Graham’s effort to boycott Wells Fargo failed on all five counts. There was no apparent plan. Only a minority of Americans finds the effort to turn back advances in gay rights morally compelling. The shrinking constituency of the Christian right limits the ability to build a critical mass of support. There is no chance that a boycott can make a dent in Wells Fargo’s bottom line. And discovering that BB&T is also gay-friendly is not only embarrassing but instructive — corporate America has already made its decision on the gay issue. Other than hiding his funds in a mattress, Graham has few banking alternatives.

What’s really worrisome is the tattered state of the American cultural fabric revealed and worsened by constant boycott threats.

Commerce is the great amoral American public square. Generally speaking it’s a good thing that we don’t take each other’s moral temperatures when we go shopping.

A society where everyone threatens everyone else with a boycott is a dystopian nightmare. All our threats push us further toward an enclave society where we talk and do business with only those who share our entire package of religious, political, and moral beliefs. We’re partly there already.


About the author

David Gushee


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  • I fully agree. And as an evangelical Christian who works at Wells Fargo, I feel kinda embarrassed by Graham’s approach to this matter, even though I agree with his ethical stance on homosexuality. I just don’t find anything Biblically compelling about boycotting. The goal of boycotting is to financially harm somebody else to bend them to conform to your will. That doesn’t scream New Testament to me.

    Consider the following:

  • There is nothing new testamenty about Graham’s slander, reviling and obvious malice directed at gay people either. but there you have it.

    Does it bother you at all?

    ““In my opinion, Putin is right on these issues. Obviously, he may be wrong about many things, but he has taken a stand to protect his nation’s children from the damaging effects of any gay and lesbian agenda.” So laws restricting freedom of speech and assembly are just fine, as long as they “protect the children” from a non-existent threat.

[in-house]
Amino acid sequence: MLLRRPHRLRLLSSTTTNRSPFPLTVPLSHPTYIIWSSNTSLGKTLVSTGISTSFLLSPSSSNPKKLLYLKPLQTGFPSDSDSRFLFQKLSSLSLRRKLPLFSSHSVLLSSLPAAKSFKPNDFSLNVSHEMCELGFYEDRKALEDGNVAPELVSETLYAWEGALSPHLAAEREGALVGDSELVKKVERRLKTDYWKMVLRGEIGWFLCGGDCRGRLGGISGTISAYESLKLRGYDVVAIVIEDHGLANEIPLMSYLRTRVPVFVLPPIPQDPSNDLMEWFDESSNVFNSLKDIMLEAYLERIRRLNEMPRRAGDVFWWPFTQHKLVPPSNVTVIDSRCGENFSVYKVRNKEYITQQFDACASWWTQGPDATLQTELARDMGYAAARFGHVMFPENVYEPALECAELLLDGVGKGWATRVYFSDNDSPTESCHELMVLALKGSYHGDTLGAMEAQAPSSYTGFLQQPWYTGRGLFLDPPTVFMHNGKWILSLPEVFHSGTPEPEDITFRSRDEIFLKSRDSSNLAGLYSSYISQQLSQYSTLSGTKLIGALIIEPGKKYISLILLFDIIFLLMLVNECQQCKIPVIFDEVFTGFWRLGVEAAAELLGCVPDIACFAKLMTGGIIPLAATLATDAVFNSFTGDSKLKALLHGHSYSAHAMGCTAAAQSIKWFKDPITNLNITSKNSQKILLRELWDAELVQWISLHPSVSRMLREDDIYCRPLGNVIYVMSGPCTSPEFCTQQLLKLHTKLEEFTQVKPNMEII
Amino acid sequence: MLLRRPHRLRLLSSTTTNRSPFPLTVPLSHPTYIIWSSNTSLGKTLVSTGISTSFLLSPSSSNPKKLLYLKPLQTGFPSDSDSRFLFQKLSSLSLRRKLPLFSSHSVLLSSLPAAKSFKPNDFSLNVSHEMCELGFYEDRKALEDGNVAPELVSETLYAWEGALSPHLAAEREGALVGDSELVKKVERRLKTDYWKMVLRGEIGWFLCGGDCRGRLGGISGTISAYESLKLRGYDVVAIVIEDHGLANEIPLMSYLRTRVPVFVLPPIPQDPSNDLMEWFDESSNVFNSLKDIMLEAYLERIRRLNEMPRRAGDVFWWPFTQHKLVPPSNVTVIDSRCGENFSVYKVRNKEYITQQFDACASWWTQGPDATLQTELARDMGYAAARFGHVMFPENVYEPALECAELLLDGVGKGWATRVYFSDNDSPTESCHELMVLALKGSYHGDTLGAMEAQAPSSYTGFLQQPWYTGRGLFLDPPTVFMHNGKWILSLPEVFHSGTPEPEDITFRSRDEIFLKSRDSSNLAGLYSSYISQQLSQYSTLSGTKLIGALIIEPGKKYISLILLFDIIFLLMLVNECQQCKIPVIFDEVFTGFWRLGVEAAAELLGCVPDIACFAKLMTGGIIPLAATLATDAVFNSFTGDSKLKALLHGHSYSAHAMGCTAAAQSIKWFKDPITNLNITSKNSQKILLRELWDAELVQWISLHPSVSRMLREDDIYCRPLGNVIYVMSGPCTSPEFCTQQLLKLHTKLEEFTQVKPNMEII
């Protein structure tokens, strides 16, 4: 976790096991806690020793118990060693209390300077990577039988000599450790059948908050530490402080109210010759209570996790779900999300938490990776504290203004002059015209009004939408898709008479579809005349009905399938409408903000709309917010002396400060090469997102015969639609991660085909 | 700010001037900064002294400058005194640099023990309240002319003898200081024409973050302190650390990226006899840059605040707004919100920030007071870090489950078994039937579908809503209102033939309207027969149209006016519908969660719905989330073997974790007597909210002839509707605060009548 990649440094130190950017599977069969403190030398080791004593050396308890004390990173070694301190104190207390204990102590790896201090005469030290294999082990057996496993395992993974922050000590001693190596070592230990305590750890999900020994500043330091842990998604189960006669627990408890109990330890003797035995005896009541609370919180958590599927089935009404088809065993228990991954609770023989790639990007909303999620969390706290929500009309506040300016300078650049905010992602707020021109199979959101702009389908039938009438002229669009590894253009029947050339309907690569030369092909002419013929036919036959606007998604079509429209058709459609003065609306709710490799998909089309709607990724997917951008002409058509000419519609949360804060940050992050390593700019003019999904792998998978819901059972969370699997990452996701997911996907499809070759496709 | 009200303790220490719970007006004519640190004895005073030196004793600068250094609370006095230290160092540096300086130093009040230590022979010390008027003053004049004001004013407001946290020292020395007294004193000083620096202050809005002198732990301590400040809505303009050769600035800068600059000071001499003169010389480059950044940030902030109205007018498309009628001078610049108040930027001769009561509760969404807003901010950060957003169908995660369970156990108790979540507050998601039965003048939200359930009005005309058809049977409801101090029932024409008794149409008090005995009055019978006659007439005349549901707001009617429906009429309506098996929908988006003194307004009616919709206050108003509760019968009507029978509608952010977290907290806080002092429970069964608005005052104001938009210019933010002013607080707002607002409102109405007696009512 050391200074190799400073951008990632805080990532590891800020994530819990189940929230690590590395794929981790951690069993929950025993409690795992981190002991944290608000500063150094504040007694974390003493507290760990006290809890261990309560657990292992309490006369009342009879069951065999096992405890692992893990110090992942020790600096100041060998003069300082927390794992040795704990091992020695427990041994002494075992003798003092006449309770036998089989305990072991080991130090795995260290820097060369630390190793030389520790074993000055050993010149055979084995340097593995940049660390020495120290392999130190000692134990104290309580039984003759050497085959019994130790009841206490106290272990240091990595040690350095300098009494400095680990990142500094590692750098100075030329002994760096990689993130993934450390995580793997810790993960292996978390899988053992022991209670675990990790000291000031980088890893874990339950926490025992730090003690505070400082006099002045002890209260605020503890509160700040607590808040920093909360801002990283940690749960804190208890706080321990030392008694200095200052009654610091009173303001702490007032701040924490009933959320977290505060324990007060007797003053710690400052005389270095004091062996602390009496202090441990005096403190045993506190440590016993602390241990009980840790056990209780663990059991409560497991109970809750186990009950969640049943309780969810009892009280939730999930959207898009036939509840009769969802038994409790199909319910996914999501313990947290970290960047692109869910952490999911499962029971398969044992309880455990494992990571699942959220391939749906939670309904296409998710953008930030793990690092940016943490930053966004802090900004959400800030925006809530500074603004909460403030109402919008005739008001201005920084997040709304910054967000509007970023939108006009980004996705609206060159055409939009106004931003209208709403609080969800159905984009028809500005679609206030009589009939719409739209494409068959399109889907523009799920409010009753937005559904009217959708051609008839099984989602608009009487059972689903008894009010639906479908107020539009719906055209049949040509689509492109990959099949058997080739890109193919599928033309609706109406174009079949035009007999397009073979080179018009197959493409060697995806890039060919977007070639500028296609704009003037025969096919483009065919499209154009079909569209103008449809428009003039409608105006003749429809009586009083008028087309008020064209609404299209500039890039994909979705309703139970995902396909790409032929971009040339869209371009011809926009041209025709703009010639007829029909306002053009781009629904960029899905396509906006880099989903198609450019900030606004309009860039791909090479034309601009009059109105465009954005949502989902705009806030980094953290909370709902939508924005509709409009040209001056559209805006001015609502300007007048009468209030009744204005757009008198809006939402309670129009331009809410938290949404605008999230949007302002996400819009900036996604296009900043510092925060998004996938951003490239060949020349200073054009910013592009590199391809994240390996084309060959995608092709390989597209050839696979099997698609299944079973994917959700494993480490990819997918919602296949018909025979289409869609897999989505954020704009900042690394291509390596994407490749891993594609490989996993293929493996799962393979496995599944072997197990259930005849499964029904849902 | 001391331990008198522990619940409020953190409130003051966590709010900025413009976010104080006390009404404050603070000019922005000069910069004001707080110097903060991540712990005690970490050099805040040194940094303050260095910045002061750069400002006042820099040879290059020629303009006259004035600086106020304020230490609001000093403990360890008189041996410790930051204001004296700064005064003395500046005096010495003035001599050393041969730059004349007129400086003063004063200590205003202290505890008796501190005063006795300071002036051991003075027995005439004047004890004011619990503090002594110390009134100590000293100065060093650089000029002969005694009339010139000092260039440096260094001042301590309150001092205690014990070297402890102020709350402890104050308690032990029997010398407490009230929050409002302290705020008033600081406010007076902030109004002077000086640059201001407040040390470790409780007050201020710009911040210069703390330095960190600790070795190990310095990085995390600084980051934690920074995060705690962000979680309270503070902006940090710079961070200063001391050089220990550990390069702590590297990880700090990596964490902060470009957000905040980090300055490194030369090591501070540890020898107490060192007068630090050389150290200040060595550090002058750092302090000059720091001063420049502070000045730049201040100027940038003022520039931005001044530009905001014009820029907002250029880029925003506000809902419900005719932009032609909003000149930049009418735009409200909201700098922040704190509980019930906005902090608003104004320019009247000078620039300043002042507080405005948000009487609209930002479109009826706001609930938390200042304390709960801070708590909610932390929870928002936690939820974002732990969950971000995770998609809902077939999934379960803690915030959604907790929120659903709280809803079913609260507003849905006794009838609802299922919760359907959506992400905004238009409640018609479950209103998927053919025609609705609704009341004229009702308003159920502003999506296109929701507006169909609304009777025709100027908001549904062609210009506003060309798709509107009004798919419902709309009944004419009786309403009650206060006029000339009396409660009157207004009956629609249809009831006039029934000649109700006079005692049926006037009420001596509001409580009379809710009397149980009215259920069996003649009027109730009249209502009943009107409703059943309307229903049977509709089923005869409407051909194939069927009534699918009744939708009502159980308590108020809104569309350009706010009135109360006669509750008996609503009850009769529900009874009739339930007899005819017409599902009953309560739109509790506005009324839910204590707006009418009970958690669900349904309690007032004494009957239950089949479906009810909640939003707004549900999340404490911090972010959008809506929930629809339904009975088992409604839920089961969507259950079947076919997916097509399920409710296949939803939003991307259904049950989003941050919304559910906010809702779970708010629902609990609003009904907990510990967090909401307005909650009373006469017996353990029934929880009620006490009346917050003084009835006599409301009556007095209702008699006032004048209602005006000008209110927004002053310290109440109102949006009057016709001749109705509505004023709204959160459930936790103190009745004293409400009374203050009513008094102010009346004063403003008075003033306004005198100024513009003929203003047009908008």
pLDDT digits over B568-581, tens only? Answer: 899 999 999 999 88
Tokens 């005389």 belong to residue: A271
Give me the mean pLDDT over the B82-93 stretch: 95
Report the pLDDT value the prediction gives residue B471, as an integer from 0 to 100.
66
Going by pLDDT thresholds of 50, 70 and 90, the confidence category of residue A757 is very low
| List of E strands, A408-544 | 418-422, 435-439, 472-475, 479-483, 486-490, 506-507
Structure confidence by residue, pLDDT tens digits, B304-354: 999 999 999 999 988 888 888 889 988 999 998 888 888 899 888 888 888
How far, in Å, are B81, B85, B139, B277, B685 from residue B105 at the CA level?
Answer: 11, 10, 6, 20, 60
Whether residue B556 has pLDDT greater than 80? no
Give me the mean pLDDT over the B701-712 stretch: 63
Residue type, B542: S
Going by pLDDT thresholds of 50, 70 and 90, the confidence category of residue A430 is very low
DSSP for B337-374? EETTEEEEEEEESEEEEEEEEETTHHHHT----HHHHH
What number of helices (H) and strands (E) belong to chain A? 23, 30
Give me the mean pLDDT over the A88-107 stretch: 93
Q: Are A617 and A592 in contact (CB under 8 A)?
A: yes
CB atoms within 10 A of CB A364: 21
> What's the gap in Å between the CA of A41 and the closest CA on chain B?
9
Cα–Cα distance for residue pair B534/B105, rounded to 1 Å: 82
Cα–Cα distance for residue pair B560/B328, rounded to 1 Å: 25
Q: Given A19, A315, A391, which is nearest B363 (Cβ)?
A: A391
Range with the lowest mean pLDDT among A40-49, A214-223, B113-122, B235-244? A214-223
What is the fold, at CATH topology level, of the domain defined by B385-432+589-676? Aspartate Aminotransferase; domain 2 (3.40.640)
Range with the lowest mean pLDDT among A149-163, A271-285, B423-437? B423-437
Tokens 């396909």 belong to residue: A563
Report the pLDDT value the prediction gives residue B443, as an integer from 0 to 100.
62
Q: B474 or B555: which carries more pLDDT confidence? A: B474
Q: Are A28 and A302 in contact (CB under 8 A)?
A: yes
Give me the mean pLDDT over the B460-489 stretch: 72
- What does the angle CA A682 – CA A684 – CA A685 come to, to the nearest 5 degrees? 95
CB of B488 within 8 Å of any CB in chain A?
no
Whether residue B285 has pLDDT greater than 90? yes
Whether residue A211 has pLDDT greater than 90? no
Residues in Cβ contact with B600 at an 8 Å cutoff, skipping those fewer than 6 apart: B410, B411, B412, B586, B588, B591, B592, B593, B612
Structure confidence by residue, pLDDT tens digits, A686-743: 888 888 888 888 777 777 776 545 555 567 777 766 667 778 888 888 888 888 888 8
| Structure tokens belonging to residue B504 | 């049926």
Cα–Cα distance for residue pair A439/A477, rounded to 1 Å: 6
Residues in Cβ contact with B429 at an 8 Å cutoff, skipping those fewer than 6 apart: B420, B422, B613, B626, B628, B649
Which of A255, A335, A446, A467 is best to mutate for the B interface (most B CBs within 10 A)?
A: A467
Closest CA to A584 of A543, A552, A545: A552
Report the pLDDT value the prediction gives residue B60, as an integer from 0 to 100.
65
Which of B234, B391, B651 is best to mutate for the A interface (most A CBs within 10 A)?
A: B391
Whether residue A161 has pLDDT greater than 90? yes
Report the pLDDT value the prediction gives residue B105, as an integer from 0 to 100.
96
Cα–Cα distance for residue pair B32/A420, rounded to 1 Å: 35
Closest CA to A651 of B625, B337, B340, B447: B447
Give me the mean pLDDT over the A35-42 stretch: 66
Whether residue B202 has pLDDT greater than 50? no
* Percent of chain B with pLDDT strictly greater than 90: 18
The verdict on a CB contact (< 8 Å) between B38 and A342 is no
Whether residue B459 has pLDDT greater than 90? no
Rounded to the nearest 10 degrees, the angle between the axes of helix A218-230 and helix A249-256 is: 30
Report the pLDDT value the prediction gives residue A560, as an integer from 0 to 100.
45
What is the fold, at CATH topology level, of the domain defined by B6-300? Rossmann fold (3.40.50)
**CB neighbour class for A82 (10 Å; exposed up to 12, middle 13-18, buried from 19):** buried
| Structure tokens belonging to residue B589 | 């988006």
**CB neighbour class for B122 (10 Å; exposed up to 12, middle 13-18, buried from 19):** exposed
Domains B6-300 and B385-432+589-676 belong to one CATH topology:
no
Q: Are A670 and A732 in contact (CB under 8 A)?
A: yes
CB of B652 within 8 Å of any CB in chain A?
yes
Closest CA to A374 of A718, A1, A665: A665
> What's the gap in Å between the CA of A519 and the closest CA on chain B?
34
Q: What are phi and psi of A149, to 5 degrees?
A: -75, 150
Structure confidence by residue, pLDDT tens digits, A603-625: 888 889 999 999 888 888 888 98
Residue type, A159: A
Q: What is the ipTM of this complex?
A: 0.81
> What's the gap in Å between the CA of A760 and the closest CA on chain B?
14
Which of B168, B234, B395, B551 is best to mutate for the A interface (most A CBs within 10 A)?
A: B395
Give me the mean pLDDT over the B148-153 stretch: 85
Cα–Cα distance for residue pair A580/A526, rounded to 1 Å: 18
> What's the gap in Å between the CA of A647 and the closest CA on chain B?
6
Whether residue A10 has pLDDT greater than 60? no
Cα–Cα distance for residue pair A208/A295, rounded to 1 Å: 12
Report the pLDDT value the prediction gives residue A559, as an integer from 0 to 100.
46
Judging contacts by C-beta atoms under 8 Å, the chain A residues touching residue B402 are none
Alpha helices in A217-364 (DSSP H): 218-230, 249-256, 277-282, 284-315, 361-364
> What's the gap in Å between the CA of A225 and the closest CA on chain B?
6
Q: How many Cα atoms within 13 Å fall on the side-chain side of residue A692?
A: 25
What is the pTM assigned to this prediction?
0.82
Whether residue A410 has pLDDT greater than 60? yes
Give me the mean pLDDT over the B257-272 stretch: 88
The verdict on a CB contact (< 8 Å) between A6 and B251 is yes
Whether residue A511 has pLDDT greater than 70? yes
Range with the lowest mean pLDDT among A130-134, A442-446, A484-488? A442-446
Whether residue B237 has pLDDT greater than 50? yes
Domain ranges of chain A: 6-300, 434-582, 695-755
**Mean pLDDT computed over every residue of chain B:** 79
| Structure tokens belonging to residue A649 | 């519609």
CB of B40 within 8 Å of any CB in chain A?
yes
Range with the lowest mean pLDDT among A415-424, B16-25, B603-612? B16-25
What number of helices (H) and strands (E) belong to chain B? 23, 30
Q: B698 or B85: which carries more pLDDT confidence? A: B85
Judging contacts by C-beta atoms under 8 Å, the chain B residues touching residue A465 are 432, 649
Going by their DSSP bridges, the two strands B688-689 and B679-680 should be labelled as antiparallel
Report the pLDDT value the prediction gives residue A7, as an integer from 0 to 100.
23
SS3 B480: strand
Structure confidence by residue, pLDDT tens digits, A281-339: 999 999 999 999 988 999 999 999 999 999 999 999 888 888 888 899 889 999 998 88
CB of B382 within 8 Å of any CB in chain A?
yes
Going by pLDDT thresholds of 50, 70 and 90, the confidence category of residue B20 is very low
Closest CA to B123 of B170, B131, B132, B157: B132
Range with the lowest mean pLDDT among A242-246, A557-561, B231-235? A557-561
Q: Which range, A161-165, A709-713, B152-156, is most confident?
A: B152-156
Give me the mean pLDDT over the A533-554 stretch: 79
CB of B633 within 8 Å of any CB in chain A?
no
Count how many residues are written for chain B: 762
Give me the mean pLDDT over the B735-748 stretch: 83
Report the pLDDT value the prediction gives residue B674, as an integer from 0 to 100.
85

“guest anchor Martha Raddatz played a clip where Graham said, “Yes, they can recruit” when the interviewer noted that gays and lesbians can adopt children.” Slander, fear-mongering, lies.

    “allowing lesbian and gay couples to adopt is “taking advantage of children, exploiting children.”

    there is more, of course. It is one thing to believe homosexuality is a sin, though I believe it is an abuse of scripture in service to prejudice.

    It is quite another thing to…

  • Boycott language that is still perfect:

    “For you have spent enough time in the past doing what pagans choose to do—living in debauchery, lust, drunkenness, orgies, carousing and detestable idolatry. They are surprised that you do not join them in their reckless, wild living, and they heap abuse on you.”

    – 1 Peter 4

  • Apparently the Disciples Of Christ (Christian Church) denomination believes very strongly in boycotts, as everybody saw over in Indiana. They openly collaborated (via boycott) with the Gay Gestapo; they openly fought against the religious freedom of their fellow Christians.

    And that boycott worked very well. Killed religious freedom in Indiana, quite quickly. Thanks, Disciples Of Christ.

    Obviously Franklin Graham won’t have the same success with his boycott. Unfortunately, his effort will fail. Corporate America has indeed sold its soul to the Gay Marriage Religion.

    Besides, the real question is not whether Corporations agree with the Bible, but whether CHRISTIANS agree with the Bible. Unlike Graham, way too many Christians are clearly DIS-agreeing with their own Bibles. That’s no good.

    Rev. Graham is at least taking a real stand, instead of shrugging his shoulders and/or surrendering. THAT kind of conviction, is what we need right now.

  • I’m a liberal from Texas. Never mind Chick Filet, pretty much every mom and pop fried chicken joint down here is owned by born agains. If you won’t shop there, your frying your own chicken. Besides I’m sure I can find something to disagree about with just about anybody. I don’t care about your politics, I care about the quality of the chicken and believe me, the chicken is golden fried and sanctified down here.

  • Graham should realize that The Church came from and lived in the same kind of sexual and greedy evil society that we have demanding civil rights now. We don’t need to boycott companies, just unrepentant people.